Public Employees, Private Crooks: Part 2

By Tom McIntyre

May 21, 2013 Updated Nov 22, 2013 at 10:21 AM CDT

It has been a topic of interest since the story broke about Rita Crundwell's multi-million dollar embezzlement. How do you keep hands out of the municipal piggy bank?

When State Representative Don Moffitt heard the news that Dixon, Illinois Comptroller Rita Crundwell was charged with stealing millions of dollars from the city over 20 years, his reaction was pretty much typical.

" I was shocked, not only by the amount, but secondly, how long it could go on," Moffitt said.

Unlike most people, Moffitt has the power to try and do something about it. He backed Illinois House Bill 1562, a bill which would require every municipality in Illinois to have a financial oversight committee inspect the financial records of the financial officer or the Treasurer.

"On top of that, they can review bank accounts to see if bank accounts match up with records," said Moffitt. "If we do that, it gives the tools to local government that we hope we can avoid a situation like this in the future."

The folks who produce Fraud Magazine, the Association of Certified Fraud Examiners, say there is more to preventing workplace theft than just an additional set of eyes looking over the books.

At Bradley University, accounting students are taught that preventing workplace theft begins at the top.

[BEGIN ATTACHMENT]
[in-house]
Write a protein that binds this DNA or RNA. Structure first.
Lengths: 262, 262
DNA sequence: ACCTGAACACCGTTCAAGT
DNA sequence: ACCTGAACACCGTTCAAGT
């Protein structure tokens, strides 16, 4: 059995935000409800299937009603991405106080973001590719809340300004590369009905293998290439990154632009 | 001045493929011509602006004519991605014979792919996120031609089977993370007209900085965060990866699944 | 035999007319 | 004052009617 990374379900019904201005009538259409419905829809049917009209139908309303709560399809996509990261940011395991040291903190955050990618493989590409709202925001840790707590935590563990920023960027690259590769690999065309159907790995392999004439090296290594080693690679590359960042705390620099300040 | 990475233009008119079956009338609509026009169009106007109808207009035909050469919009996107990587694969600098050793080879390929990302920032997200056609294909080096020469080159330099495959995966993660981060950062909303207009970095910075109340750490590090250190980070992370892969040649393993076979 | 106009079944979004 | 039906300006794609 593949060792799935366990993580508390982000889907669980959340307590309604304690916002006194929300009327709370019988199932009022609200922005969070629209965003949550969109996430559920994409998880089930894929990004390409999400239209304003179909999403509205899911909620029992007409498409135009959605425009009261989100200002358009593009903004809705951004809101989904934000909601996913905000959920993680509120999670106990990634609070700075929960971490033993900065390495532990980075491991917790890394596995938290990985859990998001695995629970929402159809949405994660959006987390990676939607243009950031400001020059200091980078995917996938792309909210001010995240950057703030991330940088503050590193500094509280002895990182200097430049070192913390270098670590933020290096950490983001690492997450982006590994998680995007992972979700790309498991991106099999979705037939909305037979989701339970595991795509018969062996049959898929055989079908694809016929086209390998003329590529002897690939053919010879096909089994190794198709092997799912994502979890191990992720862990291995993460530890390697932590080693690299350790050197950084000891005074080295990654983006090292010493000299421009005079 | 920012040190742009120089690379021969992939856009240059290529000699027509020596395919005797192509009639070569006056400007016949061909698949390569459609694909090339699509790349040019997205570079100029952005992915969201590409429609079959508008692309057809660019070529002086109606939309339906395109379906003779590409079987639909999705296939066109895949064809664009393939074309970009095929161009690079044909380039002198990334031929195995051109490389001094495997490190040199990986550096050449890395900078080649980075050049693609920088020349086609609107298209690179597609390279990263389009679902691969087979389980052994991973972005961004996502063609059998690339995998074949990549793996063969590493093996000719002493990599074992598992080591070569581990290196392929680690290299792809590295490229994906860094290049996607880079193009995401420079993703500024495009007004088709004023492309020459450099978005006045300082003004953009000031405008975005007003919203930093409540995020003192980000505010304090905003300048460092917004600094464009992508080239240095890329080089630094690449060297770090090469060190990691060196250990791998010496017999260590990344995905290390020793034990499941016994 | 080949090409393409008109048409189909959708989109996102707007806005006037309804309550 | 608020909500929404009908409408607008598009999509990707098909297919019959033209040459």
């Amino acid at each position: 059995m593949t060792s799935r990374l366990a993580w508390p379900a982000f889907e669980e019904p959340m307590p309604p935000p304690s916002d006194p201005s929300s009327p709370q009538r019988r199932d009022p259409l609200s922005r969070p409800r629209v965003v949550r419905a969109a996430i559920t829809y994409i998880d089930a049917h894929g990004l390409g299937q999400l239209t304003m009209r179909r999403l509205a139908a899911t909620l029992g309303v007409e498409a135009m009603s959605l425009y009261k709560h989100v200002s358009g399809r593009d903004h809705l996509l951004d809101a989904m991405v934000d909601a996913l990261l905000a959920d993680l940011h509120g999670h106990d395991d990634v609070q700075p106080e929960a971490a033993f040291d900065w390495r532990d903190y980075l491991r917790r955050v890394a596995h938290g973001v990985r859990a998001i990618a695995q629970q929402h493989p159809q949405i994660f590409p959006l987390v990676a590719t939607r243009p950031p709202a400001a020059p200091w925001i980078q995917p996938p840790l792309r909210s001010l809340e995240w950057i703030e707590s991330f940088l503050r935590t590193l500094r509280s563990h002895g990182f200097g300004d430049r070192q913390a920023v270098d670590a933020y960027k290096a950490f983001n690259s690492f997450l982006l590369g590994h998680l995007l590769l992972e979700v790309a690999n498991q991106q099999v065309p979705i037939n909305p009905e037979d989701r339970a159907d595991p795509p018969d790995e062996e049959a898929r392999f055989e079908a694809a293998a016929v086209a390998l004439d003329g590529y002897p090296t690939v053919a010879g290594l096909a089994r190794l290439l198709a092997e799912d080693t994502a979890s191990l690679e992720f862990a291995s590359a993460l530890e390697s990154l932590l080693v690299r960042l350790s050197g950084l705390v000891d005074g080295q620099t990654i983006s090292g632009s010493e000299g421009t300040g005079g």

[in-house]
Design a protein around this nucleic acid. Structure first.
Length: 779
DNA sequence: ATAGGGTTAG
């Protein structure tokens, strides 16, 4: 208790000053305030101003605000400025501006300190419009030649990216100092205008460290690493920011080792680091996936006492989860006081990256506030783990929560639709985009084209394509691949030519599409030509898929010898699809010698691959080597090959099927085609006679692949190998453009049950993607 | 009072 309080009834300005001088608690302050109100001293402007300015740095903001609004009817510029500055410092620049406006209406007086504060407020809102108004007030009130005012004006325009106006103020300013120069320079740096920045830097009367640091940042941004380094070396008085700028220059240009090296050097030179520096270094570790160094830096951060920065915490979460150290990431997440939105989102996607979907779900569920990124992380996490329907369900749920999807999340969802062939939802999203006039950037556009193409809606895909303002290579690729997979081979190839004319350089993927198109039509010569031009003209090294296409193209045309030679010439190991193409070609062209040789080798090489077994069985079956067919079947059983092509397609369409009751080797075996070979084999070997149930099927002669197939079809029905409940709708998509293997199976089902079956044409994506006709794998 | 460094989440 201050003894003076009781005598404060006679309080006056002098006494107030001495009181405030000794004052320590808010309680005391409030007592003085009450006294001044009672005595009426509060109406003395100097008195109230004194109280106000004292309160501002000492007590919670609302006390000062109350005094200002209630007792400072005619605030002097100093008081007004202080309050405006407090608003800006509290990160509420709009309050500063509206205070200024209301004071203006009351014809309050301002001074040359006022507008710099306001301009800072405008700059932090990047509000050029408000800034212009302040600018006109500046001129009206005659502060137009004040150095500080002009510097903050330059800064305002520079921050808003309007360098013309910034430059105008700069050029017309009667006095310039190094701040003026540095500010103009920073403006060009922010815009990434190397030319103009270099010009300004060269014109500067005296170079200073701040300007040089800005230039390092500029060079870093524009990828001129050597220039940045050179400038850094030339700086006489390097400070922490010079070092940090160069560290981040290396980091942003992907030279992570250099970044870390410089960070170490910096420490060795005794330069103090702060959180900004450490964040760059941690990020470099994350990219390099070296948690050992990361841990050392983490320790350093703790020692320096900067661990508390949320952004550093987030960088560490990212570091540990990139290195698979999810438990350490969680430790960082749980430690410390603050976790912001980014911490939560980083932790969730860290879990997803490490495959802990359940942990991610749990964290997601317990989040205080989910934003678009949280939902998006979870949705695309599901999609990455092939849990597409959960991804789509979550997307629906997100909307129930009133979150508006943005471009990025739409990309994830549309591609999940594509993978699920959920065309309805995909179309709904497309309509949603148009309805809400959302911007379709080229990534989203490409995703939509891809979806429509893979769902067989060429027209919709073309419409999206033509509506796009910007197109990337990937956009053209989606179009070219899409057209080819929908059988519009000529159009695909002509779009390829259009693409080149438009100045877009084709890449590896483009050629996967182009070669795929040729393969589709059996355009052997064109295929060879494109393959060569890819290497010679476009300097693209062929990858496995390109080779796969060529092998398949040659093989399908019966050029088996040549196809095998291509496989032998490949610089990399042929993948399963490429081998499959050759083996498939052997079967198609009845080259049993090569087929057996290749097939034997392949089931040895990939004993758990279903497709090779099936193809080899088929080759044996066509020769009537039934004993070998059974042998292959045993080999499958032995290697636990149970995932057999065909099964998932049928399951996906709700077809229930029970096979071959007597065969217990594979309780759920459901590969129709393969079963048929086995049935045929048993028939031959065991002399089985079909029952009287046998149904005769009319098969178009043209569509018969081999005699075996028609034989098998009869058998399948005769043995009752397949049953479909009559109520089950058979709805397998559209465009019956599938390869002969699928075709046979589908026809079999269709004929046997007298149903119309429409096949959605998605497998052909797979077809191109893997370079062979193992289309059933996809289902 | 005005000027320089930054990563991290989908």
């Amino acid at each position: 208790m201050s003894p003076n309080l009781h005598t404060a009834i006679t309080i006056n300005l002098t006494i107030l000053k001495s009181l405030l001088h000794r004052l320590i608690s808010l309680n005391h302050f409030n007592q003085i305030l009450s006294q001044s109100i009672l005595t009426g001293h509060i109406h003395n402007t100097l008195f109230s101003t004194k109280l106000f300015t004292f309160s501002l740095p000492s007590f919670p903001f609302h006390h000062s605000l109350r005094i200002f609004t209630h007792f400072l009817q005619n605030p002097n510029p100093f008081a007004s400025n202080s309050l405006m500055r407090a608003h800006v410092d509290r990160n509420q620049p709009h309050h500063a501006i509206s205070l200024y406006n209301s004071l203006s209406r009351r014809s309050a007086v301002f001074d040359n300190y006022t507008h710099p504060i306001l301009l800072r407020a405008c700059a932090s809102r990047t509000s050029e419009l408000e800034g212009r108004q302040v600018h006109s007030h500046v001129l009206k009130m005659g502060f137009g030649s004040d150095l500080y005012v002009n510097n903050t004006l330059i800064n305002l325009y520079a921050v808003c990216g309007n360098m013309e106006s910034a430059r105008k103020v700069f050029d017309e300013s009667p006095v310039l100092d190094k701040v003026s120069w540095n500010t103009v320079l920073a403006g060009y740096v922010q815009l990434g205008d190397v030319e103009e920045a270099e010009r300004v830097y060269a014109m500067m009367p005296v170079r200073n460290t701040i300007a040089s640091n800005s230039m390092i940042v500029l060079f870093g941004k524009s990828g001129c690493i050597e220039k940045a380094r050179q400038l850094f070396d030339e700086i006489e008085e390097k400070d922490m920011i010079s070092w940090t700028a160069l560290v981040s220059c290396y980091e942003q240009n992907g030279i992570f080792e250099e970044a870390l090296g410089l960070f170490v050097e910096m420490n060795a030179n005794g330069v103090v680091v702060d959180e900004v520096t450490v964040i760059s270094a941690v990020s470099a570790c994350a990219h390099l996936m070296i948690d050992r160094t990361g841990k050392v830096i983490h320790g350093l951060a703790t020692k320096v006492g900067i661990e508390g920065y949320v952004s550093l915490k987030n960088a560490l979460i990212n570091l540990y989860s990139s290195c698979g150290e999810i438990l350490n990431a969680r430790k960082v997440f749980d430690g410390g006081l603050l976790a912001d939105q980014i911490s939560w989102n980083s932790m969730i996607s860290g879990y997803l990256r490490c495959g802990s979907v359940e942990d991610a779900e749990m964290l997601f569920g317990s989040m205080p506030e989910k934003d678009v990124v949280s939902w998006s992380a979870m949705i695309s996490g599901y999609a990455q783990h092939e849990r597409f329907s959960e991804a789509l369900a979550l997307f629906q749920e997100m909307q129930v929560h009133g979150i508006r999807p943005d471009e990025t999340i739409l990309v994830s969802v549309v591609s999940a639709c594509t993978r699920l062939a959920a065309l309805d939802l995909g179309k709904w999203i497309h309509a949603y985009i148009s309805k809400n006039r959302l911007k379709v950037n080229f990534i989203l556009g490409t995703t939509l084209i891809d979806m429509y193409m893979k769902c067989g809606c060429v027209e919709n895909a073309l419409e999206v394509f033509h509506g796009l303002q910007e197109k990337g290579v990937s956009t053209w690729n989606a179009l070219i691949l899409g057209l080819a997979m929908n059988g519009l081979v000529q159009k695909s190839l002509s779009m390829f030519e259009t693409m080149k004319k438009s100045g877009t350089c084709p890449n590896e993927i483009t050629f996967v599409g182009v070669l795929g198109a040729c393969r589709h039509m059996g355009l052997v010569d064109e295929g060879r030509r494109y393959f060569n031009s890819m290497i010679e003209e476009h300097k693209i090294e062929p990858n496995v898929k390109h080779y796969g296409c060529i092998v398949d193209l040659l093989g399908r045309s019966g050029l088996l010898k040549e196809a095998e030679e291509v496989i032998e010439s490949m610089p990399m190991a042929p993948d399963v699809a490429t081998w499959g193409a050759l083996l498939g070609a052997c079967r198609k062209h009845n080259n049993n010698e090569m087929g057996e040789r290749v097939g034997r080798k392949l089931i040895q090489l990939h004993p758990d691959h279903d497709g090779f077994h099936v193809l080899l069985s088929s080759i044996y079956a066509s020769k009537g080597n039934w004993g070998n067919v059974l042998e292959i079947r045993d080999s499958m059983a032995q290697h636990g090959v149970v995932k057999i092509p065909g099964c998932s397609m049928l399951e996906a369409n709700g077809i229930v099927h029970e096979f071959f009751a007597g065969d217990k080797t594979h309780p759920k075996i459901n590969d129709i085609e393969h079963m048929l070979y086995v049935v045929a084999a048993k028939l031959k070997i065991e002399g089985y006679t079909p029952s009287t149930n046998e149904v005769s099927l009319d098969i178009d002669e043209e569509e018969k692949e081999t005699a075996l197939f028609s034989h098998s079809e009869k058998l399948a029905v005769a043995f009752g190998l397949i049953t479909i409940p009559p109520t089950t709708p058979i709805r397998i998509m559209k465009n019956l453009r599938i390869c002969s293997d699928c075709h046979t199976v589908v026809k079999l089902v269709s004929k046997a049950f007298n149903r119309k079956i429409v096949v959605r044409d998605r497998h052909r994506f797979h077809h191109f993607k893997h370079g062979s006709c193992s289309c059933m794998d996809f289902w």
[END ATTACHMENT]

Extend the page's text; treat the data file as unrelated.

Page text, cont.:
"Leadership of the organization has established policies and guidelines for what is acceptable behavior," said Simon Petravick, Chair of Bradley Accounting Department. "There's a right way to do the business and this is what we're going to do. And, you don't leave it shrink wrapped. They take the time to education the employees on those."

Another recommendation, something not done in Dixon, is separating the people who receive money from those who spend it. Two signatures on checks is also a good idea.

"You remove the opportunity, it's going to be very difficult for someone to do some fraud," Petravick said.

There has to be monitoring of the money-financial reports sent to a supervisor.

"It's just good business sense for everybody's protection to have checks and balances," said Petravick.

There is also starting a fraud hot line for employees. That is how most workplace thefts are discovered, suspicious co-workers.

Why all the fuss? Aren't municipal crooks like Rita Crundwell an aberration? Maybe, but, the Association of Certified Fraud Examiners says organizational theft is big business.

On average, a business would lose five to six percent of its revenues to fraud. It's billions and billions of dollars.

If you are looking for the best way to sum up fraud prevention, in three little words, you can't do much better than Ronald Reagan talking about dealing with the Soviet Union "Dorei, nyet provei. Trust....but verify".

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